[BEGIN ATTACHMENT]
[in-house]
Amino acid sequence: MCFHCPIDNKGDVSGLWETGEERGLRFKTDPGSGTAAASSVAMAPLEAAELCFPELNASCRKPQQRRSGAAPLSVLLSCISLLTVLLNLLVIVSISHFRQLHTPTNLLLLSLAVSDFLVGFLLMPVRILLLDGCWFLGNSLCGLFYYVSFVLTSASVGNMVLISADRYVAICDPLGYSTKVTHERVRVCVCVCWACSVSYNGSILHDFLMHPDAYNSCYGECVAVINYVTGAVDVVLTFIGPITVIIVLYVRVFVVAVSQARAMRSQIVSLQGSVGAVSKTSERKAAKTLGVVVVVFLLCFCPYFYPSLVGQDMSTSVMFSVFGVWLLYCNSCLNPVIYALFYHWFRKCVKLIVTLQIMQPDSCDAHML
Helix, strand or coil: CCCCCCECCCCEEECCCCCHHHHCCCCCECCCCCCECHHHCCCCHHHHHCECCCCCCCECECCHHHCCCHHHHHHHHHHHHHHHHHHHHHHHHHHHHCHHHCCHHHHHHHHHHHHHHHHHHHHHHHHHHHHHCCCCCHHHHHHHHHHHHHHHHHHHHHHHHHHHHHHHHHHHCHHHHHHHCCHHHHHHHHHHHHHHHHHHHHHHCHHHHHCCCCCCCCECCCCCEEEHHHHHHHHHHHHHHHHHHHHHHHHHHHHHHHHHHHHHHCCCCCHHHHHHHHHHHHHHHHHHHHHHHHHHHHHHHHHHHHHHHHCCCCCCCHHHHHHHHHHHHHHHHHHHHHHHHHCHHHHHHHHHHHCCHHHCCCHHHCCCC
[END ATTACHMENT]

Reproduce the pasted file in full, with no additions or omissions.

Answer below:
[in-house]
Amino acid sequence: MCFHCPIDNKGDVSGLWETGEERGLRFKTDPGSGTAAASSVAMAPLEAAELCFPELNASCRKPQQRRSGAAPLSVLLSCISLLTVLLNLLVIVSISHFRQLHTPTNLLLLSLAVSDFLVGFLLMPVRILLLDGCWFLGNSLCGLFYYVSFVLTSASVGNMVLISADRYVAICDPLGYSTKVTHERVRVCVCVCWACSVSYNGSILHDFLMHPDAYNSCYGECVAVINYVTGAVDVVLTFIGPITVIIVLYVRVFVVAVSQARAMRSQIVSLQGSVGAVSKTSERKAAKTLGVVVVVFLLCFCPYFYPSLVGQDMSTSVMFSVFGVWLLYCNSCLNPVIYALFYHWFRKCVKLIVTLQIMQPDSCDAHML
Helix, strand or coil: CCCCCCECCCCEEECCCCCHHHHCCCCCECCCCCCECHHHCCCCHHHHHCECCCCCCCECECCHHHCCCHHHHHHHHHHHHHHHHHHHHHHHHHHHHCHHHCCHHHHHHHHHHHHHHHHHHHHHHHHHHHHHCCCCCHHHHHHHHHHHHHHHHHHHHHHHHHHHHHHHHHHHCHHHHHHHCCHHHHHHHHHHHHHHHHHHHHHHCHHHHHCCCCCCCCECCCCCEEEHHHHHHHHHHHHHHHHHHHHHHHHHHHHHHHHHHHHHHCCCCCHHHHHHHHHHHHHHHHHHHHHHHHHHHHHHHHHHHHHHHHCCCCCCCHHHHHHHHHHHHHHHHHHHHHHHHHCHHHHHHHHHHHCCHHHCCCHHHCCCC